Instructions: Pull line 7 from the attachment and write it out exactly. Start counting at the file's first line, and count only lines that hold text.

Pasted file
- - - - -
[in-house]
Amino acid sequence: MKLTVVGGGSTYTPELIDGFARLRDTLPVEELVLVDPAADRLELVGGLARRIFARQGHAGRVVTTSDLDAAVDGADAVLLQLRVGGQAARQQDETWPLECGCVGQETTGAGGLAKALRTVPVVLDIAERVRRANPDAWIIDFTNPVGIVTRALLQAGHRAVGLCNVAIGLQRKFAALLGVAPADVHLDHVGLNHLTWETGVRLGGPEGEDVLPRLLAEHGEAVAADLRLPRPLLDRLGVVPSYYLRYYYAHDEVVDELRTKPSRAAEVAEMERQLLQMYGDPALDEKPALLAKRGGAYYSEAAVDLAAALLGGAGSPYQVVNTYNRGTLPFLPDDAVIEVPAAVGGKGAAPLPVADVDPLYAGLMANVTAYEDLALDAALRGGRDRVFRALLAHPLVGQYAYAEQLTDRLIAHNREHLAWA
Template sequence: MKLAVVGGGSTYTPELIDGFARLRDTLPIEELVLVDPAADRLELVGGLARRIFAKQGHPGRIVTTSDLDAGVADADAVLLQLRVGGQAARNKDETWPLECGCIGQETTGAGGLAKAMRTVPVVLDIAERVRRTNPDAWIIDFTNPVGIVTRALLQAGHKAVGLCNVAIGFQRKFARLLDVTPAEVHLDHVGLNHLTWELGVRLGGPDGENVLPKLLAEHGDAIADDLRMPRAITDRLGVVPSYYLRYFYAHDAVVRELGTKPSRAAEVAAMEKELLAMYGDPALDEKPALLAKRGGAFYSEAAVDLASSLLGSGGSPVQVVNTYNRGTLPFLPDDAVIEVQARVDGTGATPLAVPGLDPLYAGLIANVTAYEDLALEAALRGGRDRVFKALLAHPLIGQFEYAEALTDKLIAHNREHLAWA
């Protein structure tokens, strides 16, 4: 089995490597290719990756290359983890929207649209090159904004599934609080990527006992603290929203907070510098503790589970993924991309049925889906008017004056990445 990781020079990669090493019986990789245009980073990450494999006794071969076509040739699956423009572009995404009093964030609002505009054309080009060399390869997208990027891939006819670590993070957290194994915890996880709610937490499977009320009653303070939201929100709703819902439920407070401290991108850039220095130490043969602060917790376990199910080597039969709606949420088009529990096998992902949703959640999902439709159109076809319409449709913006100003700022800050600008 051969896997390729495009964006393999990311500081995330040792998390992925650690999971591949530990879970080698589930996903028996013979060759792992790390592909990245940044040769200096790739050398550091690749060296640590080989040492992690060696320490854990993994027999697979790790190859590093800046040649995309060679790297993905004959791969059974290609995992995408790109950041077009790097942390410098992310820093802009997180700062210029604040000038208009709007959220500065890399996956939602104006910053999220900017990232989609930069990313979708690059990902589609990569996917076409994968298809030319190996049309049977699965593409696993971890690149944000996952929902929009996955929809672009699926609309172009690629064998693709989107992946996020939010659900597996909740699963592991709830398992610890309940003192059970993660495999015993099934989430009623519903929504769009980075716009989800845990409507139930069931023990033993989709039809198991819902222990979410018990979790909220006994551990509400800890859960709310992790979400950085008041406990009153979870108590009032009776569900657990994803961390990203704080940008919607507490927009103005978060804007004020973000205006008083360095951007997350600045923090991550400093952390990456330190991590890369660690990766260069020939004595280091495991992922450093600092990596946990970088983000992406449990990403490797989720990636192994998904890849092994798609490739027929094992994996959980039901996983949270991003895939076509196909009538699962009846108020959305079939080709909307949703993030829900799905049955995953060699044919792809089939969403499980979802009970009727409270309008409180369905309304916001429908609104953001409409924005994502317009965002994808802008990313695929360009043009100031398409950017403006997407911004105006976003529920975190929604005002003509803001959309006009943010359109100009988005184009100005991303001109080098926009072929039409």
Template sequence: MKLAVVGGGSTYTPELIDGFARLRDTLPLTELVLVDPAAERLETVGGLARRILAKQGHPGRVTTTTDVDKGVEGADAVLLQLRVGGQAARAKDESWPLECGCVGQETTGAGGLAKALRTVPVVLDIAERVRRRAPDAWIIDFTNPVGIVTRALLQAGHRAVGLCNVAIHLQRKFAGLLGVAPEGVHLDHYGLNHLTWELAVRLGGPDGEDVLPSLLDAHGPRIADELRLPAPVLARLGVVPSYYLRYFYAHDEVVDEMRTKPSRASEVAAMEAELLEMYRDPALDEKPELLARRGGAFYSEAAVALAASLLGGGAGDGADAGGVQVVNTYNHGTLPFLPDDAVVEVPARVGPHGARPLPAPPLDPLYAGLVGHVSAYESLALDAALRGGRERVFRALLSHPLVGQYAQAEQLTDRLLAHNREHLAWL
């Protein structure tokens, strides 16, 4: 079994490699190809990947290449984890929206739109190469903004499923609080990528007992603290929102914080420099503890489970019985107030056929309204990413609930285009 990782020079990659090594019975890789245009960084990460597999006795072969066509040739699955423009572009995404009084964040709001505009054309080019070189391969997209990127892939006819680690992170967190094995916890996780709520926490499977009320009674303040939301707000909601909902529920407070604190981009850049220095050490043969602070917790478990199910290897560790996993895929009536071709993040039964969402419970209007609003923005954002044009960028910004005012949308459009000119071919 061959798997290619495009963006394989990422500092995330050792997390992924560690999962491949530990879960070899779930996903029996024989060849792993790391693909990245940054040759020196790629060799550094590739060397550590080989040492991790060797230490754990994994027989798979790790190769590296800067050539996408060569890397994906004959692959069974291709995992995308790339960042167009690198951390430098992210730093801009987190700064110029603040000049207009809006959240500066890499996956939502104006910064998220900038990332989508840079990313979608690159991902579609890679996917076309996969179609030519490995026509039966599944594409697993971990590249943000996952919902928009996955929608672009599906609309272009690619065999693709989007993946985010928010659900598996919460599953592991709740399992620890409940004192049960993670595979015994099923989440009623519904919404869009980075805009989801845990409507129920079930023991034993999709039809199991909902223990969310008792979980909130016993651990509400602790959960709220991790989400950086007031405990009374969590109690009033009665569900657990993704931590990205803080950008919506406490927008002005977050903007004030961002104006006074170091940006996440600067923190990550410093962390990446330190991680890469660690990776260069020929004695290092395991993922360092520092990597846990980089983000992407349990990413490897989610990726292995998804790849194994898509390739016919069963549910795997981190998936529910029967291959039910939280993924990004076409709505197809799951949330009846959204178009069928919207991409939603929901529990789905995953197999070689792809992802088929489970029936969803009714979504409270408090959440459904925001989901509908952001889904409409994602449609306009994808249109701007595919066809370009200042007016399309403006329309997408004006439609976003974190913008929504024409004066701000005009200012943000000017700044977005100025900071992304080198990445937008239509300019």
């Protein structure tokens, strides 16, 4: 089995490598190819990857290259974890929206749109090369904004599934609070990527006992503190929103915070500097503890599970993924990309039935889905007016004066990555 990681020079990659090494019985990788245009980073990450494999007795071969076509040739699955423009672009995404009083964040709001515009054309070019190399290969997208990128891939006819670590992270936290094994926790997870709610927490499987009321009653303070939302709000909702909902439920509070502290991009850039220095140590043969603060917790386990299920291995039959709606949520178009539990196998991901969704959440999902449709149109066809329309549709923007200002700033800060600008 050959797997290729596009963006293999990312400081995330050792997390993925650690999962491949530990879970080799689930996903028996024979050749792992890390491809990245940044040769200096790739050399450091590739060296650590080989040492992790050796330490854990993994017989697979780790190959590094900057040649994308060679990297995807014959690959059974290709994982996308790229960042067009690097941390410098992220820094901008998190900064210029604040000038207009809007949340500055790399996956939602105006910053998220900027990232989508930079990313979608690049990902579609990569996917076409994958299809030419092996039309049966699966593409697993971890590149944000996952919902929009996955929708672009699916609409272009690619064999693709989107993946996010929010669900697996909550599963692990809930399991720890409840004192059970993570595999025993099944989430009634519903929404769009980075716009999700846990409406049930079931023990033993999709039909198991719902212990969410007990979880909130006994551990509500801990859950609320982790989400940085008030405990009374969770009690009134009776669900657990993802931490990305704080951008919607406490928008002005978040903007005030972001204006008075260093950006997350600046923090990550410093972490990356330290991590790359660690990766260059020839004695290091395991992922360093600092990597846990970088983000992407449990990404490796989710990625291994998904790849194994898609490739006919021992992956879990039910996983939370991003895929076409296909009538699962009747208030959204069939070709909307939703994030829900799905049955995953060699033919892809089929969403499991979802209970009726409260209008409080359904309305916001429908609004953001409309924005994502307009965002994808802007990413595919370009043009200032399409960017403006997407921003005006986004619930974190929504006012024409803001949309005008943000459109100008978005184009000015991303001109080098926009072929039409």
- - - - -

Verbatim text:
């Protein structure tokens, strides 16, 4: 089995490598190819990857290259974890929206749109090369904004599934609070990527006992503190929103915070500097503890599970993924990309039935889905007016004066990555 990681020079990659090494019985990788245009980073990450494999007795071969076509040739699955423009672009995404009083964040709001515009054309070019190399290969997208990128891939006819670590992270936290094994926790997870709610927490499987009321009653303070939302709000909702909902439920509070502290991009850039220095140590043969603060917790386990299920291995039959709606949520178009539990196998991901969704959440999902449709149109066809329309549709923007200002700033800060600008 050959797997290729596009963006293999990312400081995330050792997390993925650690999962491949530990879970080799689930996903028996024979050749792992890390491809990245940044040769200096790739050399450091590739060296650590080989040492992790050796330490854990993994017989697979780790190959590094900057040649994308060679990297995807014959690959059974290709994982996308790229960042067009690097941390410098992220820094901008998190900064210029604040000038207009809007949340500055790399996956939602105006910053998220900027990232989508930079990313979608690049990902579609990569996917076409994958299809030419092996039309049966699966593409697993971890590149944000996952919902929009996955929708672009699916609409272009690619064999693709989107993946996010929010669900697996909550599963692990809930399991720890409840004192059970993570595999025993099944989430009634519903929404769009980075716009999700846990409406049930079931023990033993999709039909198991719902212990969410007990979880909130006994551990509500801990859950609320982790989400940085008030405990009374969770009690009134009776669900657990993802931490990305704080951008919607406490928008002005978040903007005030972001204006008075260093950006997350600046923090990550410093972490990356330290991590790359660690990766260059020839004695290091395991992922360093600092990597846990970088983000992407449990990404490796989710990625291994998904790849194994898609490739006919021992992956879990039910996983939370991003895929076409296909009538699962009747208030959204069939070709909307939703994030829900799905049955995953060699033919892809089929969403499991979802209970009726409260209008409080359904309305916001429908609004953001409309924005994502307009965002994808802007990413595919370009043009200032399409960017403006997407921003005006986004619930974190929504006012024409803001949309005008943000459109100008978005184009000015991303001109080098926009072929039409």